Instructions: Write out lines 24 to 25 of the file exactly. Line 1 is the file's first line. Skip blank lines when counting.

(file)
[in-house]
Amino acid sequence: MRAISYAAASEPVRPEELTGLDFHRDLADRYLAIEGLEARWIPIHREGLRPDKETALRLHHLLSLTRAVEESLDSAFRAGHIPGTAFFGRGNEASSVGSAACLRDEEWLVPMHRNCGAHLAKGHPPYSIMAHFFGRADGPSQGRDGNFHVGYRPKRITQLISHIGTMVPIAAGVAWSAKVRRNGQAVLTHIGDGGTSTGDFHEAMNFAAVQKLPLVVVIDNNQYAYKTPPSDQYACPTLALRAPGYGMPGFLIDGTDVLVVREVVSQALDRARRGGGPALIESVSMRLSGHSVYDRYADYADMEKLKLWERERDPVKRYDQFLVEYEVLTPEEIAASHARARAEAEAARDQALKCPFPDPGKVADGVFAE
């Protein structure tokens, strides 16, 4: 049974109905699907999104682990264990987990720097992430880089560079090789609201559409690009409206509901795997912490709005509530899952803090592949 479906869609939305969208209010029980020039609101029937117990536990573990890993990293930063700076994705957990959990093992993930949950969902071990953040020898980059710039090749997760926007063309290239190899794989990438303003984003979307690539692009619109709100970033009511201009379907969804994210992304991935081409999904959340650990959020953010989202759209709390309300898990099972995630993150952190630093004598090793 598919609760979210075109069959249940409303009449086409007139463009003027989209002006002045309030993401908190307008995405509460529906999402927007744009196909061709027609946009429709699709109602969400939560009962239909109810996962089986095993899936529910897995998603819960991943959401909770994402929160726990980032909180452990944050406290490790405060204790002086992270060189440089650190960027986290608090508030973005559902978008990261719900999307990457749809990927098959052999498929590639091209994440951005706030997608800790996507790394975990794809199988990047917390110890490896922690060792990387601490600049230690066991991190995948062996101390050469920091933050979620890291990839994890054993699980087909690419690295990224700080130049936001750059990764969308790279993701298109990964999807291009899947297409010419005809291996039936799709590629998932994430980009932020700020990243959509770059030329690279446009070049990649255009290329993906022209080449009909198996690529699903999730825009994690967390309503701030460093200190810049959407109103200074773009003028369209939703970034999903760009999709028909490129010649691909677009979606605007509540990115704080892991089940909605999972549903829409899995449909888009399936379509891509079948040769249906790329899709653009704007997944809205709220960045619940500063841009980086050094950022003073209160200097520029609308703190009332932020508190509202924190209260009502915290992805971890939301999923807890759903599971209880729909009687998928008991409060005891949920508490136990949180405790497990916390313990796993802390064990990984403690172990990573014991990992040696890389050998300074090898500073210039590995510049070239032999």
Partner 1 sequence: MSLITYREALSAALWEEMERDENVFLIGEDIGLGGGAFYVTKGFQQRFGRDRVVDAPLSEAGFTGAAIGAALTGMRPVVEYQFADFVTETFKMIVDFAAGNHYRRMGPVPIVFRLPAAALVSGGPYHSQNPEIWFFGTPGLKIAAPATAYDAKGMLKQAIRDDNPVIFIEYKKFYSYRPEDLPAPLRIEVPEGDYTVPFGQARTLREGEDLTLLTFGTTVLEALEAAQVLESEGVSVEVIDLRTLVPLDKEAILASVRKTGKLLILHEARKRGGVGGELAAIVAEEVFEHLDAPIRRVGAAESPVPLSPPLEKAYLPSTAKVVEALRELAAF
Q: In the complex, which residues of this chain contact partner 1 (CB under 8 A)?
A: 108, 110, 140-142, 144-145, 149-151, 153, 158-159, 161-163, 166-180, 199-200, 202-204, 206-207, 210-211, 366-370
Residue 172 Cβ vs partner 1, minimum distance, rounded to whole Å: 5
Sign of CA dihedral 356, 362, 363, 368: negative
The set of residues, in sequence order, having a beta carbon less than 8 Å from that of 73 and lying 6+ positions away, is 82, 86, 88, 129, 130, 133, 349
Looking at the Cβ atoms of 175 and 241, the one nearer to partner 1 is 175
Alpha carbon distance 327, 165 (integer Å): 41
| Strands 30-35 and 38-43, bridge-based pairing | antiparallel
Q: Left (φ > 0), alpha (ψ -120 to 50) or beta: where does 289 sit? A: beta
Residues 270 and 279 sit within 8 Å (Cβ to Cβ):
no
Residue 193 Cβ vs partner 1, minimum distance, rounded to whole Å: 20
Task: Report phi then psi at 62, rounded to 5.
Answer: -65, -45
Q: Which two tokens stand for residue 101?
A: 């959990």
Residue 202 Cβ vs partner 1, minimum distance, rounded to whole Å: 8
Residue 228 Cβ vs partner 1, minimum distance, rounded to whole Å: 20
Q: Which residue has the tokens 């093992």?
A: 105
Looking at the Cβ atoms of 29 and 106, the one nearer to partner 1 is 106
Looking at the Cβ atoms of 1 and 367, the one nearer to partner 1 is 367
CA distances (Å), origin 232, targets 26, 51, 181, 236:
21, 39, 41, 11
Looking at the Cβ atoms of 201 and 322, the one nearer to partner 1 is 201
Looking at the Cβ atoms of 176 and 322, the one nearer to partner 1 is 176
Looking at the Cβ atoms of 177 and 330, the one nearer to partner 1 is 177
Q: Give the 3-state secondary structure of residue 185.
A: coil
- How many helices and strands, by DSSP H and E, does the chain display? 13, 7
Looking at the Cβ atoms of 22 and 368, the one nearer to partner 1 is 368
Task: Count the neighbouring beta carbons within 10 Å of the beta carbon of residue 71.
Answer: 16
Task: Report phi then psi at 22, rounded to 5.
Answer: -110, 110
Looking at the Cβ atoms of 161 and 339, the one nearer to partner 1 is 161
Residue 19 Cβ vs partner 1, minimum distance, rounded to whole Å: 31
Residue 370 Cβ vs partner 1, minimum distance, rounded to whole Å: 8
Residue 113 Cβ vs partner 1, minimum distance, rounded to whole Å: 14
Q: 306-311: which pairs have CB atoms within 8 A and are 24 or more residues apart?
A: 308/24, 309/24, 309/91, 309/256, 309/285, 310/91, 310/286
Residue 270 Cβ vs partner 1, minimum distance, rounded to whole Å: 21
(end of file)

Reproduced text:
A: 105
Looking at the Cβ atoms of 29 and 106, the one nearer to partner 1 is 106